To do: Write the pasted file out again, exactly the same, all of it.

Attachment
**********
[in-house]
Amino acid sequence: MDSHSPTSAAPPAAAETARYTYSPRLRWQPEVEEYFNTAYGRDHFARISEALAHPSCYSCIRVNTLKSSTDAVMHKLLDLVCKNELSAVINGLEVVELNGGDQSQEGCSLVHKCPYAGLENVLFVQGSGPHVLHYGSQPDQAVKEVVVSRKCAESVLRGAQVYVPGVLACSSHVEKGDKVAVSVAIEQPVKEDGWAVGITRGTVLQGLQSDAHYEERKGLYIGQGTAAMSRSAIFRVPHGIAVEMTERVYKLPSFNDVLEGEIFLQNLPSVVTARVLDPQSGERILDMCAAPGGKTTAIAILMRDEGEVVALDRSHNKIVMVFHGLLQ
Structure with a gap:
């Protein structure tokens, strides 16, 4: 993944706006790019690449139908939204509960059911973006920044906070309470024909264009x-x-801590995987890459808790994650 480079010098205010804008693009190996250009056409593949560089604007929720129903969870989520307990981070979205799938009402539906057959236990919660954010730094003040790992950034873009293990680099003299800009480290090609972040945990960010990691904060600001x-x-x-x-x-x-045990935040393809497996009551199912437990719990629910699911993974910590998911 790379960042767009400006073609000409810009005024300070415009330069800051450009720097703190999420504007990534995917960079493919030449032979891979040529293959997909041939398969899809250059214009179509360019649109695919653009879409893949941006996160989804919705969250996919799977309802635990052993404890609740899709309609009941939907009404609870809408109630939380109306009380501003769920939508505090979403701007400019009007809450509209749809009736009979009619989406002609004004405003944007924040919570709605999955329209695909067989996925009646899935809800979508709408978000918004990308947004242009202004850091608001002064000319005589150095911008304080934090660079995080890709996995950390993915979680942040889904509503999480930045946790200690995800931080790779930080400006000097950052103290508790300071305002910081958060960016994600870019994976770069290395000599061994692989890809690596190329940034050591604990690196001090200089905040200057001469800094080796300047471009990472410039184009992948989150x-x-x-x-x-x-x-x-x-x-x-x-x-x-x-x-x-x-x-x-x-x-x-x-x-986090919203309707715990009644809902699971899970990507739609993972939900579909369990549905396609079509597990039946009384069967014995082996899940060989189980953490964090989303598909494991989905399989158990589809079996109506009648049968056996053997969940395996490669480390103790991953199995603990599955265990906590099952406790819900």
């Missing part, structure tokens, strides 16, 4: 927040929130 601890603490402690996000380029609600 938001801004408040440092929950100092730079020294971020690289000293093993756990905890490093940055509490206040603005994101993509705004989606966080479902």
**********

[in-house]
Amino acid sequence: MDSHSPTSAAPPAAAETARYTYSPRLRWQPEVEEYFNTAYGRDHFARISEALAHPSCYSCIRVNTLKSSTDAVMHKLLDLVCKNELSAVINGLEVVELNGGDQSQEGCSLVHKCPYAGLENVLFVQGSGPHVLHYGSQPDQAVKEVVVSRKCAESVLRGAQVYVPGVLACSSHVEKGDKVAVSVAIEQPVKEDGWAVGITRGTVLQGLQSDAHYEERKGLYIGQGTAAMSRSAIFRVPHGIAVEMTERVYKLPSFNDVLEGEIFLQNLPSVVTARVLDPQSGERILDMCAAPGGKTTAIAILMRDEGEVVALDRSHNKIVMVFHGLLQ
Structure with a gap:
């Protein structure tokens, strides 16, 4: 993944706006790019690449139908939204509960059911973006920044906070309470024909264009x-x-801590995987890459808790994650 480079010098205010804008693009190996250009056409593949560089604007929720129903969870989520307990981070979205799938009402539906057959236990919660954010730094003040790992950034873009293990680099003299800009480290090609972040945990960010990691904060600001x-x-x-x-x-x-045990935040393809497996009551199912437990719990629910699911993974910590998911 790379960042767009400006073609000409810009005024300070415009330069800051450009720097703190999420504007990534995917960079493919030449032979891979040529293959997909041939398969899809250059214009179509360019649109695919653009879409893949941006996160989804919705969250996919799977309802635990052993404890609740899709309609009941939907009404609870809408109630939380109306009380501003769920939508505090979403701007400019009007809450509209749809009736009979009619989406002609004004405003944007924040919570709605999955329209695909067989996925009646899935809800979508709408978000918004990308947004242009202004850091608001002064000319005589150095911008304080934090660079995080890709996995950390993915979680942040889904509503999480930045946790200690995800931080790779930080400006000097950052103290508790300071305002910081958060960016994600870019994976770069290395000599061994692989890809690596190329940034050591604990690196001090200089905040200057001469800094080796300047471009990472410039184009992948989150x-x-x-x-x-x-x-x-x-x-x-x-x-x-x-x-x-x-x-x-x-x-x-x-x-986090919203309707715990009644809902699971899970990507739609993972939900579909369990549905396609079509597990039946009384069967014995082996899940060989189980953490964090989303598909494991989905399989158990589809079996109506009648049968056996053997969940395996490669480390103790991953199995603990599955265990906590099952406790819900």
């Missing part, structure tokens, strides 16, 4: 927040929130 601890603490402690996000380029609600 938001801004408040440092929950100092730079020294971020690289000293093993756990905890490093940055509490206040603005994101993509705004989606966080479902």